Anthony Mullane, Geoffs Cafe Bar.

Get to know what makes Anthony Mullane, Geoffs Cafe Bar, tick and why he still enjoys coming to work every day.
Anthony Mullane 3

Not every barman is cut from the same cloth. Serving drinks to the public in one of Waterford’s most iconic pubs, Anthony Mullane, one of Geoff’s most familiar faces, chats to Waterford.FYI about what makes Waterford special for him, how his taste in music has been influenced over the years and if only he could fly!

Tell us a bit about how you got into this line of work, what has kept you in it for so long?
Ha, oh Jesus! I’m here since June ’92, 27 years plus. I did my apprenticeship in The Old Rogue from the age of 16 to 18 on the weekends. I started in Geoffs the day after my leaving cert – the plan was to do the ‘aul summer job. I wanted to be a nurse but I didn’t get my pass in Irish so I couldn’t be a nurse in Ireland. At the time, you had to have that to get into the Guards and nursing. So I started a pre-nursing course in the Tech and lasted until 12.30 pm on the first day. I came back to Geoffs to be a bartender. I lost my way but found my way, I’m still here.

What do you love most about Waterford?
I like coming back here. I’ve been away a few times and have always enjoyed coming back. I like the people; the sense of being here is very good. You go up town and you can always have a bit of banter with somebody. You get to know your neighbours around town, your colleagues or whoever, there’s always a nice sense of being in Waterford.

Geoffs pub

Where did you grow up?
I grew up in St John’s Park. That was EPIC, it was bold, it was brash. You learned a lot of street ways up there, even though I wasn’t the wildest child. Now I live in a very different part of Waterford, Fenor, where there’s also a great buzz and great loyalty. I love it out there. It’s funny how much the people of Fenor know about the old school John’s Park ways. They give you an ‘aul slagging of how it was rough there and that it was called The Naked City. It’s all quite entertaining!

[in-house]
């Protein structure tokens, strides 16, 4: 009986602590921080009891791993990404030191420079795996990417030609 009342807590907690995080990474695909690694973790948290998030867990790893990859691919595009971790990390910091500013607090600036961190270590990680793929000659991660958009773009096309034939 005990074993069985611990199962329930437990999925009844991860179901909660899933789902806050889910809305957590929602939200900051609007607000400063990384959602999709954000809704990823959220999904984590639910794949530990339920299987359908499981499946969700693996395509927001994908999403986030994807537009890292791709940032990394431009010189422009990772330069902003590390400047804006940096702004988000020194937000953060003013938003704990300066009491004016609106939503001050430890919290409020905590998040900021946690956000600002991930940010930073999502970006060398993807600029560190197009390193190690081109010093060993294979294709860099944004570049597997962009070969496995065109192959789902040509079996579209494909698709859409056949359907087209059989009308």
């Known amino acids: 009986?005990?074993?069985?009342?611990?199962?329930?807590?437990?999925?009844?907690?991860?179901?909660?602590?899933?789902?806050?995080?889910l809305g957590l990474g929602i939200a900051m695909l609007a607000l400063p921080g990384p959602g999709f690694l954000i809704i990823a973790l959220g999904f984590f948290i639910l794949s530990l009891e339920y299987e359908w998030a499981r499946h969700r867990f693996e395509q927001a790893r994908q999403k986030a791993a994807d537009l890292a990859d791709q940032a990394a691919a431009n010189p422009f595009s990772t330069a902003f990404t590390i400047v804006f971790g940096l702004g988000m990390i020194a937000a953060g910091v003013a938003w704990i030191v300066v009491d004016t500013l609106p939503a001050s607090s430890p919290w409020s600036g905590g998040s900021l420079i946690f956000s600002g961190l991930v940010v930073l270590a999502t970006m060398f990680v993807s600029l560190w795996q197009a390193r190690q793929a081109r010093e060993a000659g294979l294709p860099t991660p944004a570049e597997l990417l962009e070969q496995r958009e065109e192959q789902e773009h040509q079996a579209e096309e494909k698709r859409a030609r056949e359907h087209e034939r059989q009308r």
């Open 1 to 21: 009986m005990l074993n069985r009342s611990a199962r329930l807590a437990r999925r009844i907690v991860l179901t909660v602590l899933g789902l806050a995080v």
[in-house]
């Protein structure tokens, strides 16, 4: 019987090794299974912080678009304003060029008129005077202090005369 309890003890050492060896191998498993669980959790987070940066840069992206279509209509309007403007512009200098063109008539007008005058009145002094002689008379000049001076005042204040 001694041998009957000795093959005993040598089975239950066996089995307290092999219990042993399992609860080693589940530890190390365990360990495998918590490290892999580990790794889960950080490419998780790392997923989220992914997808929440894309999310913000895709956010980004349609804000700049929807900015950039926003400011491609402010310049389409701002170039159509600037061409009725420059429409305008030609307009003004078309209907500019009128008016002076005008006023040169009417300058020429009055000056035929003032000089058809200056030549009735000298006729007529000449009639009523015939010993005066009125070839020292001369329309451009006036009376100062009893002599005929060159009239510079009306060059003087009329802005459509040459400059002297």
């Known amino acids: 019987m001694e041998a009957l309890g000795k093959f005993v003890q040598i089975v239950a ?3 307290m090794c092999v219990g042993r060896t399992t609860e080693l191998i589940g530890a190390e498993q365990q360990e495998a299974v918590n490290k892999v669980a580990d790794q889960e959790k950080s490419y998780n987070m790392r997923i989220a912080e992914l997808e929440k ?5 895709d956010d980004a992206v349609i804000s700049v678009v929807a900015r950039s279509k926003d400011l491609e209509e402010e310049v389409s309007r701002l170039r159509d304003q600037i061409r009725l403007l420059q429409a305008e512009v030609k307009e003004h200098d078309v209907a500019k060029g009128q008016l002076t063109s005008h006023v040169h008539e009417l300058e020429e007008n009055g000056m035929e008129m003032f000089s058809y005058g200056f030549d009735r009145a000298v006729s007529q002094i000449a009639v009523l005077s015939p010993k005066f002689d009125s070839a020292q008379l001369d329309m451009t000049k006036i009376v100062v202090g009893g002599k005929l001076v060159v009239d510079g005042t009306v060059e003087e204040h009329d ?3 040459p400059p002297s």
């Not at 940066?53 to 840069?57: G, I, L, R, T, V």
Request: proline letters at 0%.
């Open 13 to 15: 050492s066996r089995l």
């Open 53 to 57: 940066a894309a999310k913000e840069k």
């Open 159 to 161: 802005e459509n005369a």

Favourite Waterford slang?
I think the infamous ‘Well boy!’ not just from the John Mullane hurling scene but I think it’s been in existence before that. To be able to use such a warm statement and you can even say it to a girl, there aren’t many male slang words you can use in that way. I do enjoy it, it’s comforting and synonymous with Waterford.

Who’s your favourite musician, music seems a big part of your life?
Sure that’s the most loaded question ever! If we talk about Waterford, The Mansion House was an exceptional place for music in my late teens to early twenties, where music was the dominant thing that we did at weekends. The Mansion House really opened up amazing opportunities to enjoy music. The band, The Madrigal were an amazing band. They spent days working on their sets, it was magical. We got on buses with them during the summer and headed to West Cork where they performed in Connollys of Leap – some amazing artists have sung in there, including Nick Cave. Their influences were our influences – Pink Floyd, Jethro Tull, etc. War on Drugs and Radiohead are also bands I have come to love.

Watch The Madrigal

1993, The Madrigal playing at The Mansion House.
Source: Youtube

What do you like to listen to at work?
Luckily, my taste in music hasn’t become stagnant due to the ages of the other people I work with. Working at Geoffs with the younger crew, I’m still being introduced to new music all the time. Music is ultimately a very important part of my life. I try to offer it to my kids, not tell them what to listen to but at least lead them in the right direction.

If you don’t like it, get ‘outta there!

– Anthony Mullane

Has technology influenced music for you?